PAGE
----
NSW Department of Education

Developing critical thinking skills

For teachers
For parents
For students

Key message

Not all information is trustworthy, and some sources of information are intended to mislead or confuse people. For this reason, it is important that children and young people have the critical thinking skill to analyse information and evaluate its authenticity.

Critical thinking does not mean criticising people or ideas. Critical thinking is an important skill in an information rich world that helps children and young people examine new pieces of information in order to make an informed judgement on an issue (Young and eSafe, Office of the eSafety Commissioner 2018).

Developing critical thinking skills

Children and young people should always consider and question the relevance, accuracy and reliability of any content they find online. Peter Ellerton (Lecturer in Critical Thinking, The University of Queensland) suggests that students need to master 4 key concepts to develop their critical thinking abilities:

  • Argumentation – the process of intellectual engagement with an issue and opponent with the intention of developing a justified position.
  • Logic – the rules of deduction and induction used to proceed from premises or evidence to conclusion.
  • Psychology – an awareness of how our minds actually work, especially the effect of cognitive biases and prior beliefs.
  • The nature of science – knowledge of basic statistics and the difference between hypothesis, theory and law.

Read Peter's full article in The Conversation, titled How to teach all students to think critically.

Further suggestions for developing critical thinking skills

Here are some suggestions for developing critical thinking skills in children and young people:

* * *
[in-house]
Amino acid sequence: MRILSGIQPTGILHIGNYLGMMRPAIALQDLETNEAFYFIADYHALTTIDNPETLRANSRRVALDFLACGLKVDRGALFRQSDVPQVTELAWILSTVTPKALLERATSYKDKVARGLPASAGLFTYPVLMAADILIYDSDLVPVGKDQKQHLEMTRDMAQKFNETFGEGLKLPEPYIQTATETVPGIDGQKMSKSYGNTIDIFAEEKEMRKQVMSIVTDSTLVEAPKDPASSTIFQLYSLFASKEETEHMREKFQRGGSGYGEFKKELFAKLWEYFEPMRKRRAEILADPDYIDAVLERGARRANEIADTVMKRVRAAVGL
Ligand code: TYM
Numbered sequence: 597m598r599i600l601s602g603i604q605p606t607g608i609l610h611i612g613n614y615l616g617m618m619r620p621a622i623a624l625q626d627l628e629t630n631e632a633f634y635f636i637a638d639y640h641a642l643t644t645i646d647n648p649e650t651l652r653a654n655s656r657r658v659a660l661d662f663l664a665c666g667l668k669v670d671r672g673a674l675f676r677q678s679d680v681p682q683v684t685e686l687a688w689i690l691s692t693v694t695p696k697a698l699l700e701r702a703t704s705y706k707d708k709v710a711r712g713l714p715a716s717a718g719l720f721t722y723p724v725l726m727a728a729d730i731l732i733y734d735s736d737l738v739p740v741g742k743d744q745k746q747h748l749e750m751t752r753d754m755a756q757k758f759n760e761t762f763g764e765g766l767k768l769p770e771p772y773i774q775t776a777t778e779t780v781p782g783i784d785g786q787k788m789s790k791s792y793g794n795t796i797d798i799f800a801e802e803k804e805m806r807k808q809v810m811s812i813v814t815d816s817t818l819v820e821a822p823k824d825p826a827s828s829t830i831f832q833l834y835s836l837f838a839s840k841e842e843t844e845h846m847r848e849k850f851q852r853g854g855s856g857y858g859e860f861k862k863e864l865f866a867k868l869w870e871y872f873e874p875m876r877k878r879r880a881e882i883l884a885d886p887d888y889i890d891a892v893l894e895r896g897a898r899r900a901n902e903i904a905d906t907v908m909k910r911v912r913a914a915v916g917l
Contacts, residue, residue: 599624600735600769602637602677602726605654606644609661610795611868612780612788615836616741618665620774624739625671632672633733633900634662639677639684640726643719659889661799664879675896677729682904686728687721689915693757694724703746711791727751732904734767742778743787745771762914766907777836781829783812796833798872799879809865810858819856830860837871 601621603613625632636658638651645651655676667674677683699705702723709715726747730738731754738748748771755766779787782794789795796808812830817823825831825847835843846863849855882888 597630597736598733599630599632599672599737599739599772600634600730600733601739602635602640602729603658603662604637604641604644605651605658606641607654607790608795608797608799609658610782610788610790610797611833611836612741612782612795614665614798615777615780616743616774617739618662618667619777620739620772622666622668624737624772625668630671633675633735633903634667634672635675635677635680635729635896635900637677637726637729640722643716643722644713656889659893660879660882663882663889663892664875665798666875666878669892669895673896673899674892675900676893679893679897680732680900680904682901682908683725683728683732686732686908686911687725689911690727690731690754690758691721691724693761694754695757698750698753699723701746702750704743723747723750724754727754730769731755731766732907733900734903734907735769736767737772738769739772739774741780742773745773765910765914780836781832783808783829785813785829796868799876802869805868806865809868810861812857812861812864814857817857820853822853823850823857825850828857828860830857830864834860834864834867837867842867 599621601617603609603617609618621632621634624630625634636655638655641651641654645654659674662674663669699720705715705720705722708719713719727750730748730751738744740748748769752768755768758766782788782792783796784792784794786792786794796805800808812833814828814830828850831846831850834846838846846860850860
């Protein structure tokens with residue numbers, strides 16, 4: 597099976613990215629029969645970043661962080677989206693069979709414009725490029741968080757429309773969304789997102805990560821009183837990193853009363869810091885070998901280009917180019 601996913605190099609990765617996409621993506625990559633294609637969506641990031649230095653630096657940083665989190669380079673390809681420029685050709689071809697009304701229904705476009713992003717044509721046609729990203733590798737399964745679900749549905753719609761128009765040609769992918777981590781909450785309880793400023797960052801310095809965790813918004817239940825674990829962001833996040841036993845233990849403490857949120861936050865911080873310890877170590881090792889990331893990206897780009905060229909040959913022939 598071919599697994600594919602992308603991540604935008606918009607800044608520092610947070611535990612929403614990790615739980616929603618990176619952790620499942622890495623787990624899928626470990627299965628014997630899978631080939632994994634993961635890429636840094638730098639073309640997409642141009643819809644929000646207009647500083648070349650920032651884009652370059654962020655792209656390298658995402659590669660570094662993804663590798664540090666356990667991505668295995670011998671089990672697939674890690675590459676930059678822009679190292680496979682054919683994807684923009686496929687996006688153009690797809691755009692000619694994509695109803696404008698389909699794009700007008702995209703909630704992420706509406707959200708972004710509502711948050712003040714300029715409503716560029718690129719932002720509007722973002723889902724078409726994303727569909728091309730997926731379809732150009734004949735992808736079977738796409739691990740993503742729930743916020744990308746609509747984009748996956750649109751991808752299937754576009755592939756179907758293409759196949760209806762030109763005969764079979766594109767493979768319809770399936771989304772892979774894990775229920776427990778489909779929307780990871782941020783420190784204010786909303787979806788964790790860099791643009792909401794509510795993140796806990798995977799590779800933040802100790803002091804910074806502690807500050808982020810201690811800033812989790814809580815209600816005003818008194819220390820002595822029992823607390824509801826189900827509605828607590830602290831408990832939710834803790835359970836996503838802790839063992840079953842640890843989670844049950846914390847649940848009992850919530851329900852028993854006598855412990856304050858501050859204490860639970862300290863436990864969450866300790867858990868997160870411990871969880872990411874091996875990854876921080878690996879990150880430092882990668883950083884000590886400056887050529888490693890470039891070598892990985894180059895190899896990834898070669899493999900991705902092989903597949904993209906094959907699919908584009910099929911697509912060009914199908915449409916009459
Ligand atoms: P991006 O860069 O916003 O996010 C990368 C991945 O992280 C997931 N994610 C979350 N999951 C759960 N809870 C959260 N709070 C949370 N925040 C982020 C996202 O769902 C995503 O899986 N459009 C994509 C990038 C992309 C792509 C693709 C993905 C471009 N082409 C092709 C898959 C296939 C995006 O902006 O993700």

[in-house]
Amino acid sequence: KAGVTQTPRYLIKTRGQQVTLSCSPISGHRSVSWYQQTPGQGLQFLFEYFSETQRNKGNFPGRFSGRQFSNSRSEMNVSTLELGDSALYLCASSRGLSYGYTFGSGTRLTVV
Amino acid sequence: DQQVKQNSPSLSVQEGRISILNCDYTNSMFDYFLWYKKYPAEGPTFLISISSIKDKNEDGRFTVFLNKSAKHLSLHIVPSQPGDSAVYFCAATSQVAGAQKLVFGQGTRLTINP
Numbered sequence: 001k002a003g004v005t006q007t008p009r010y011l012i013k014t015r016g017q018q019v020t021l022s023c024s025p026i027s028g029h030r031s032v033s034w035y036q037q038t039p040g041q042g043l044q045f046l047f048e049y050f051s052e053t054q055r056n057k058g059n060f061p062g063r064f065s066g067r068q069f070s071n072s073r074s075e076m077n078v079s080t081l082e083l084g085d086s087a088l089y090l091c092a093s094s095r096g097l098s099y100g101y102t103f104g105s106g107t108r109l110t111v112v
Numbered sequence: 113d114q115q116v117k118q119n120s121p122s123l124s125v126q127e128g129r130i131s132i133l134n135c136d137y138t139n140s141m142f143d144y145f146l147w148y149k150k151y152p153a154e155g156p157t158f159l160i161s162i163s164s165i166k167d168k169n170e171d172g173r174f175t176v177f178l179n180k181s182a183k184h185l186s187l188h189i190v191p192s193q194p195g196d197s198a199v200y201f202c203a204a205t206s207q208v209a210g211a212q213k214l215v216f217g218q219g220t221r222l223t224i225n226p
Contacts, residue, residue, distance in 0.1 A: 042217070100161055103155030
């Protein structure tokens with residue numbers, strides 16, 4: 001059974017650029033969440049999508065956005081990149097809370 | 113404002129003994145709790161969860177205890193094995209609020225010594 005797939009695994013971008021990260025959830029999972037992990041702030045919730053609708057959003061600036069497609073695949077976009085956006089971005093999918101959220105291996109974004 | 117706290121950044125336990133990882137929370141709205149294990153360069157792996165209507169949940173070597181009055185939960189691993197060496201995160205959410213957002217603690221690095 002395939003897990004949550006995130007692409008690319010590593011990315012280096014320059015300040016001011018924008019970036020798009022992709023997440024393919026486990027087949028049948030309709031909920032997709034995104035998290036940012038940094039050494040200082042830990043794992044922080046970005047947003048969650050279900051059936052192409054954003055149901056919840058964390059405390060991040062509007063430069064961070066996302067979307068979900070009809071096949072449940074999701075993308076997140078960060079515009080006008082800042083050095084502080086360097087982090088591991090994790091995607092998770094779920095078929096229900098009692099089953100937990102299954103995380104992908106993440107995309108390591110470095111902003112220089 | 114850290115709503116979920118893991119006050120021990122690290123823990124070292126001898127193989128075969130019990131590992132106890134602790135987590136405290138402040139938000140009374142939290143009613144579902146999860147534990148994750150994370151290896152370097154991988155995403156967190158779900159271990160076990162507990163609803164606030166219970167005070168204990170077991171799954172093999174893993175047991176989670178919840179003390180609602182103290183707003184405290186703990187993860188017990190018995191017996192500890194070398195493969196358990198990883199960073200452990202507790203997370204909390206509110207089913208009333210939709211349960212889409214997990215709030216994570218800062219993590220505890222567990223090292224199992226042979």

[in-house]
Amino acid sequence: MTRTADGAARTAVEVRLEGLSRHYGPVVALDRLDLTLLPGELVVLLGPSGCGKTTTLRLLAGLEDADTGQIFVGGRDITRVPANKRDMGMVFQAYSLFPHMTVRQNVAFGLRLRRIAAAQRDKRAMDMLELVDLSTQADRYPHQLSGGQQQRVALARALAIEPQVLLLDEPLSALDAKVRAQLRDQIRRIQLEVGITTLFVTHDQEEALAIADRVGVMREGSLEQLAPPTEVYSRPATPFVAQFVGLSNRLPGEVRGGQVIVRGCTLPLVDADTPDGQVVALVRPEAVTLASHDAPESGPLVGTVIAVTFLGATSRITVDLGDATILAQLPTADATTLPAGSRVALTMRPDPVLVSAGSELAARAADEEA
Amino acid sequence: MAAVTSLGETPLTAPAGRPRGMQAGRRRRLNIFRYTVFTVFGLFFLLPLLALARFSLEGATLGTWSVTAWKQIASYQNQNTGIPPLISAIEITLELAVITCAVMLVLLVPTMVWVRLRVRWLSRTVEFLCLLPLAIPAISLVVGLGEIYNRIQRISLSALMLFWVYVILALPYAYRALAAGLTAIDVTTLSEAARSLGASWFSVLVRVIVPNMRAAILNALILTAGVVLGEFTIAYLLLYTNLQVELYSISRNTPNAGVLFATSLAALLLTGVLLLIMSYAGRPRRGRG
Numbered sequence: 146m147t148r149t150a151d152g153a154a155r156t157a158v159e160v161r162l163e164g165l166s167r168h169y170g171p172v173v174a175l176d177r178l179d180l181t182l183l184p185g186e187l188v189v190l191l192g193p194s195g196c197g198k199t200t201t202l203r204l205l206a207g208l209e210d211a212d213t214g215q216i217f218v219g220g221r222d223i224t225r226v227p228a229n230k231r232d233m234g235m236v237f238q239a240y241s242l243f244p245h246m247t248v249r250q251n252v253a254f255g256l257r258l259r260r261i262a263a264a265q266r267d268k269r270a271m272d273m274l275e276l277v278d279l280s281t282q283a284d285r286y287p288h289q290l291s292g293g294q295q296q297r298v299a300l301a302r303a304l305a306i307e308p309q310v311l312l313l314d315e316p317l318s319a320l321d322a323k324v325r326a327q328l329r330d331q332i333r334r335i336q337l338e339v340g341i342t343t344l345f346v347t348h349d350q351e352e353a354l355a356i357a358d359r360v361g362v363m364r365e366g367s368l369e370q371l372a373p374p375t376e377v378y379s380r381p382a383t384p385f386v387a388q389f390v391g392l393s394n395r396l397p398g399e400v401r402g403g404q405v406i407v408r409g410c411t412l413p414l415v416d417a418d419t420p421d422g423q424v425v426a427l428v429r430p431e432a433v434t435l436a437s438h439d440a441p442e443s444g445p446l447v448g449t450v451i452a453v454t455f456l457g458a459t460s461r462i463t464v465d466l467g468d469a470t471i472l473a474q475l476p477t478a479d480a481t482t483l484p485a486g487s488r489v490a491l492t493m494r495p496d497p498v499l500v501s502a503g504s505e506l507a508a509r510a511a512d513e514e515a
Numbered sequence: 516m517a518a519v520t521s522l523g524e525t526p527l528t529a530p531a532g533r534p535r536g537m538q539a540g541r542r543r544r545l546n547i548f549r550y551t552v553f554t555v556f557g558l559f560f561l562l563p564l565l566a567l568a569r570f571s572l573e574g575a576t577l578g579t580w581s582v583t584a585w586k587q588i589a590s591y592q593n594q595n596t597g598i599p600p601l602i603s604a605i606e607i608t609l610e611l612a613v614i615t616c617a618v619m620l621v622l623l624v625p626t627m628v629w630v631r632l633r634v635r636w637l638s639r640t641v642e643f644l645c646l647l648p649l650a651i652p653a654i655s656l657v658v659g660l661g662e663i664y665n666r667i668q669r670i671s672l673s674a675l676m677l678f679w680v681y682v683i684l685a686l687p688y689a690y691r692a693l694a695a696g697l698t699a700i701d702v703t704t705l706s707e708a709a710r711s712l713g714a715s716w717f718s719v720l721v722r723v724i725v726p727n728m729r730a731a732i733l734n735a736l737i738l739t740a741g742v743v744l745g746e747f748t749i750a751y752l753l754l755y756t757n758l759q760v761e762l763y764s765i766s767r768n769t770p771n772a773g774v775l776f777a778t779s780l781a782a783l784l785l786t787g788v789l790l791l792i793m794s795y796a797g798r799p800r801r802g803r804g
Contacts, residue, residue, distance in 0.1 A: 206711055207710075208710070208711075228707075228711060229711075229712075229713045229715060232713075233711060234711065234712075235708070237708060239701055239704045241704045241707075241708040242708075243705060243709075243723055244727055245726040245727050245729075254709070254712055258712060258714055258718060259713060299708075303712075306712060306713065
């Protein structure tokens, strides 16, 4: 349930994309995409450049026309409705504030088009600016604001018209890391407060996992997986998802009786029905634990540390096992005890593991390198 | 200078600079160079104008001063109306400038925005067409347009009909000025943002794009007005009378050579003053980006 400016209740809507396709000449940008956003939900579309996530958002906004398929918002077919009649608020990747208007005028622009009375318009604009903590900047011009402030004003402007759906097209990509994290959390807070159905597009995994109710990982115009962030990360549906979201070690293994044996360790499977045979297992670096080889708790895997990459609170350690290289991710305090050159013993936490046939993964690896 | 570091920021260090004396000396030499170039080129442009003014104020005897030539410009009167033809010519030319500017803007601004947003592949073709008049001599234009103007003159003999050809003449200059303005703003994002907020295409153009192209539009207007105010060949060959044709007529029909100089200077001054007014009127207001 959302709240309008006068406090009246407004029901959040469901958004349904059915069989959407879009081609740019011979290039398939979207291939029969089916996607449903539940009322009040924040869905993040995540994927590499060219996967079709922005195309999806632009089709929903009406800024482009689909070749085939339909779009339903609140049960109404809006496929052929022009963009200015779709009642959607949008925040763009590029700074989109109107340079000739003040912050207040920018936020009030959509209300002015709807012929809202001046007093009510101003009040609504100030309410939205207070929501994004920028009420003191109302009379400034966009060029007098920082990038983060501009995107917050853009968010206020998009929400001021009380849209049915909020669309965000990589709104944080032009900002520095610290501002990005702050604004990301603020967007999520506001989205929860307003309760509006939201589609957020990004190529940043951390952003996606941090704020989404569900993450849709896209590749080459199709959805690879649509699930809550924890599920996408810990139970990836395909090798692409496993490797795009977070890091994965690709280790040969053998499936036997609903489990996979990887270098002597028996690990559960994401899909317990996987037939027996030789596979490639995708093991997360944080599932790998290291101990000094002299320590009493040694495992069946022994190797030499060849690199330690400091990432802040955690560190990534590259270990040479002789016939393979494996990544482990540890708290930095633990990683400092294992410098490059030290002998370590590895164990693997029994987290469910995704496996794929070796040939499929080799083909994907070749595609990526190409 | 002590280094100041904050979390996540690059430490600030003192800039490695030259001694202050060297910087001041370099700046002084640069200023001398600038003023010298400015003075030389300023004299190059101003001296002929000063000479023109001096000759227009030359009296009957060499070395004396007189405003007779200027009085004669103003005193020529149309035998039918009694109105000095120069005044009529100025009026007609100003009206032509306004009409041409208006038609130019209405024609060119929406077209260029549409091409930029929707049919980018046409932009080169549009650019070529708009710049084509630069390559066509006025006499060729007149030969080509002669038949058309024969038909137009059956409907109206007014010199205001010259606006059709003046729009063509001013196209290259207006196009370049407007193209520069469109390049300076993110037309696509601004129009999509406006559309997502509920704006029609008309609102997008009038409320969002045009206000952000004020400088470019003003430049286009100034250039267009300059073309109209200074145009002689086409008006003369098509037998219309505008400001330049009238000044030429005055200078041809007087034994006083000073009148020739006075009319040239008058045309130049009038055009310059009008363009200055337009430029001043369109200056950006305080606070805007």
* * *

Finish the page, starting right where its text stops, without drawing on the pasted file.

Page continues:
Top tips

Who wrote the information?

  • Is the author listed on the information?
  • Is the author is qualified on the topic of the article? An author may be qualified if they have a university degree or experience relevant to the article topic.
  • Has the author included a bibliography or link to the sources they used to research the information?

What is it about?

  • Does the article provides links to research to back up its argument?
  • Does the article give a balanced opinion and present both sides of the argument?

Where does the information come from?

  • Does the article come from a reliable person/organisation (e.g. newspaper, university, etc.)?
  • Does the article come from a reliable website (such as one ending in .gov or .edu)?

When was it written and last updated?

  • Does the article say when it was published or last updated?
  • Is the article recent (within the last 2 years)?

Why was the information written?

  • Can you tell what the author’s primary motive is for writing this information? For example, is it intended to teach or inform? Is the author trying to sell something?
  • Does the article encourage debate and allow me to make up my own mind about an issue?

How do I feel about it or find out more?

  • Is the article written in a way that is easy to understand or does it use confusing and emotive language?
  • Where could I could find more research on the claims that are made in this article?

Additional resources

Curriculum and syllabus links


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